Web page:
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Women Business Owners Oppose Small Business Administration’s Regulations

Women business owners are voicing opposition towards proposed regulations on a federal program that aims to set aside five percent of federal contract dollars for women owned-businesses. In December 2000, legislation went into effect that aimed to set aside contracts for women in certain industries.

According to the American City Business Journals Wire Service, the new regulations would limit the program so that it only applies in cases of “actual discrimination.” The Administration is expected to issue final regulations in October.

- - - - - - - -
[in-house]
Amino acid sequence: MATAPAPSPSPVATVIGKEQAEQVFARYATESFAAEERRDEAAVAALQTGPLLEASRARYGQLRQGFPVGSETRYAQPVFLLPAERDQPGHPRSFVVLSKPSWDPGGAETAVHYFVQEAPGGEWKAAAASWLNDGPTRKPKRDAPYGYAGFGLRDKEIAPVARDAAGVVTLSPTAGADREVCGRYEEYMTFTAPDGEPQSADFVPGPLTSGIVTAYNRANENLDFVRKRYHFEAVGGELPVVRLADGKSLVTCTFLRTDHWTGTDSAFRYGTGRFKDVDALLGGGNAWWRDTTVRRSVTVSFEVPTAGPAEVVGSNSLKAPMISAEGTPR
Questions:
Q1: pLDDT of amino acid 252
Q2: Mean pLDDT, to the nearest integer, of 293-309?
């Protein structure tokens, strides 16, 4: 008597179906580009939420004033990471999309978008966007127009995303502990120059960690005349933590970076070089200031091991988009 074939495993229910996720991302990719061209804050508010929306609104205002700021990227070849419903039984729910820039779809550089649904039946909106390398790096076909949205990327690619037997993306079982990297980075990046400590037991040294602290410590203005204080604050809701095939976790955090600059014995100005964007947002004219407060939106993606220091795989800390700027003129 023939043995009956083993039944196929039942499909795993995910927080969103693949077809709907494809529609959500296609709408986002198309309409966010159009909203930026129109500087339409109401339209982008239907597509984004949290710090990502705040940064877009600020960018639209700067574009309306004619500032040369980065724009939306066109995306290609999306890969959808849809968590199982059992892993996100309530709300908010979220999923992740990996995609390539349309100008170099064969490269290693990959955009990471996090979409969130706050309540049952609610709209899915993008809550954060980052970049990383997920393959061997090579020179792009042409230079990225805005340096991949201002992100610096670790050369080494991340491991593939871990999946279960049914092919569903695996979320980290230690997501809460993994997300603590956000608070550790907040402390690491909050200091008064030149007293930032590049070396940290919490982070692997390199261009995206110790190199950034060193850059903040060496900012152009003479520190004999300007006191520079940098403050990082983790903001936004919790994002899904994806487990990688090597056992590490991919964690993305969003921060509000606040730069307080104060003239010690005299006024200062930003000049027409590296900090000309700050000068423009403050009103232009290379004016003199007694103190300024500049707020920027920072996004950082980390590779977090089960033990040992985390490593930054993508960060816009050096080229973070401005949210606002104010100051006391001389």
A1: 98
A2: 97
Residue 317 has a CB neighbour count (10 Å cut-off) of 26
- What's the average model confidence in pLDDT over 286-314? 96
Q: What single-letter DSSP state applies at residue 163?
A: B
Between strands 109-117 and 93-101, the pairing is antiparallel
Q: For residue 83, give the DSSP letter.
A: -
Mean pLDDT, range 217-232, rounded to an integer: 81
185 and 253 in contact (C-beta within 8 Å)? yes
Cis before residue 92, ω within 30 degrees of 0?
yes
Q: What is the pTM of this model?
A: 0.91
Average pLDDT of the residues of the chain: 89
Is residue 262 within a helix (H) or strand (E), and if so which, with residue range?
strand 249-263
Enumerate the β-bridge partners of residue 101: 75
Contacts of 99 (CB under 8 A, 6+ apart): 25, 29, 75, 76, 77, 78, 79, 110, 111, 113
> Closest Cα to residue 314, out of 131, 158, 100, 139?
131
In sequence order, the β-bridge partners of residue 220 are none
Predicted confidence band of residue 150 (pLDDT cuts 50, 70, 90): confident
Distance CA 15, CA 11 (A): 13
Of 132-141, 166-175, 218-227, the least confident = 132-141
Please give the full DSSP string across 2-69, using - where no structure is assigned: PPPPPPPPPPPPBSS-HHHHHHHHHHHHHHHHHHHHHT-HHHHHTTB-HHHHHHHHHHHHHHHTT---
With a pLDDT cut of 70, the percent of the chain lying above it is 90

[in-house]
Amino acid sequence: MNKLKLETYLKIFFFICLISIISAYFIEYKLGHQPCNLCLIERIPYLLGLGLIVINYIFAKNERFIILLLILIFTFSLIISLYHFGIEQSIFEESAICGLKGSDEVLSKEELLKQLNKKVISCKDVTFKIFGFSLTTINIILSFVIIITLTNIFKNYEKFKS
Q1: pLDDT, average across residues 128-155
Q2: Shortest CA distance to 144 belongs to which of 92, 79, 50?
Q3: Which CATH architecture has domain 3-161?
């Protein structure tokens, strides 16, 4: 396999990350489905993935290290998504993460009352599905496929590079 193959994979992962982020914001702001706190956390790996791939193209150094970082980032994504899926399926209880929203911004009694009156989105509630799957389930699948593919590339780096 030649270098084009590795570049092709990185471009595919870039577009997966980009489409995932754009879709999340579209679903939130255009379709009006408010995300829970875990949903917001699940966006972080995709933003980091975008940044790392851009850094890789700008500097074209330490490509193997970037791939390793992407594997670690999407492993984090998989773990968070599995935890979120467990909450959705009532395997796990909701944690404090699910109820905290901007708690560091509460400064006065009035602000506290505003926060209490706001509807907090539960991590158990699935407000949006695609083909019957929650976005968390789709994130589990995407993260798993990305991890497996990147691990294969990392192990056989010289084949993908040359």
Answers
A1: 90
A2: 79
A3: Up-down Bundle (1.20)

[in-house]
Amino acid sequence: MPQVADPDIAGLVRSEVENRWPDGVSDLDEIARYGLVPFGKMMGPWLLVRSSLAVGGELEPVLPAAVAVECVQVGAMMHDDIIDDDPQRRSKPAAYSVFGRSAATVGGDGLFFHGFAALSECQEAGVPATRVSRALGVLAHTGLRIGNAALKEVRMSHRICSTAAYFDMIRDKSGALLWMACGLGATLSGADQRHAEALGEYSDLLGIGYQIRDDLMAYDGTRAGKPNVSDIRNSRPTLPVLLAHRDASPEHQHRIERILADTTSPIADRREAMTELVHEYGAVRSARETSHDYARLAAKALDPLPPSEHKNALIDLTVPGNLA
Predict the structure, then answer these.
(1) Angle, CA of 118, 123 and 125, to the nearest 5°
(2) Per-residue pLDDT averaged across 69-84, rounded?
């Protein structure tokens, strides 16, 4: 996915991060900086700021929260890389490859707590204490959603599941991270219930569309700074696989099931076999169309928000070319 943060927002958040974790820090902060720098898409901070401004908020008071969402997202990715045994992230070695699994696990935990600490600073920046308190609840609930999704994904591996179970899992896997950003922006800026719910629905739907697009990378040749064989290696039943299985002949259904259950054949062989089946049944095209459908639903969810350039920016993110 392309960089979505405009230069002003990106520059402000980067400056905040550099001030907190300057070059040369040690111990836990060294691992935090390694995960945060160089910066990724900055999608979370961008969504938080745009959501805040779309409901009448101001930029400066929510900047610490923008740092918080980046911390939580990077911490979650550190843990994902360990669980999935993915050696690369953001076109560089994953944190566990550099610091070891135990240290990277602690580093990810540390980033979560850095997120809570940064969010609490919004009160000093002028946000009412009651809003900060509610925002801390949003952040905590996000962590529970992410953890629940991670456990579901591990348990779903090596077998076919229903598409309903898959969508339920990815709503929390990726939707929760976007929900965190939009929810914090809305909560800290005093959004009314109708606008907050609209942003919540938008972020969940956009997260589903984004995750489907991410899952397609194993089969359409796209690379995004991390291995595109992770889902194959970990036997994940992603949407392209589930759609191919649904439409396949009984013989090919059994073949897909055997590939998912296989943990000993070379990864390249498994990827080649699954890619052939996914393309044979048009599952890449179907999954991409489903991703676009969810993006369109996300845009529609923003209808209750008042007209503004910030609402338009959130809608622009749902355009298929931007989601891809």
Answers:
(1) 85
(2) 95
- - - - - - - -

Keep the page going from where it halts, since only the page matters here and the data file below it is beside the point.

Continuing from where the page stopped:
However, the five percent of contracts mandated by the December 2000 legislation has yet to be met. According to a Small Business Administration press release (see PDF), only 3.2 and 3.4 percent of federal contract money went to women in 2005 and 2006, respectively.

Congress may bar the Small Business Administration from directing money towards the procurement program and leave the direction of the program in the hands of the next administration. Due to potential cut-backs federal limitations would create, the Journals Wire Service notes women’s business groups would prefer working with the next administration.

At a September 9 meeting of the Senate Small Business and Entrepreneurship Committee, Sen. John Kerry called the proposed rule “an affront to the hard-working women business owners who need nothing more than a chance to show their worth,” according to the Journals Wire Service.

Sources:

American Business Journals Wire Service 9/12/08; U.S. Small Business Administration Press Release, 8/20/07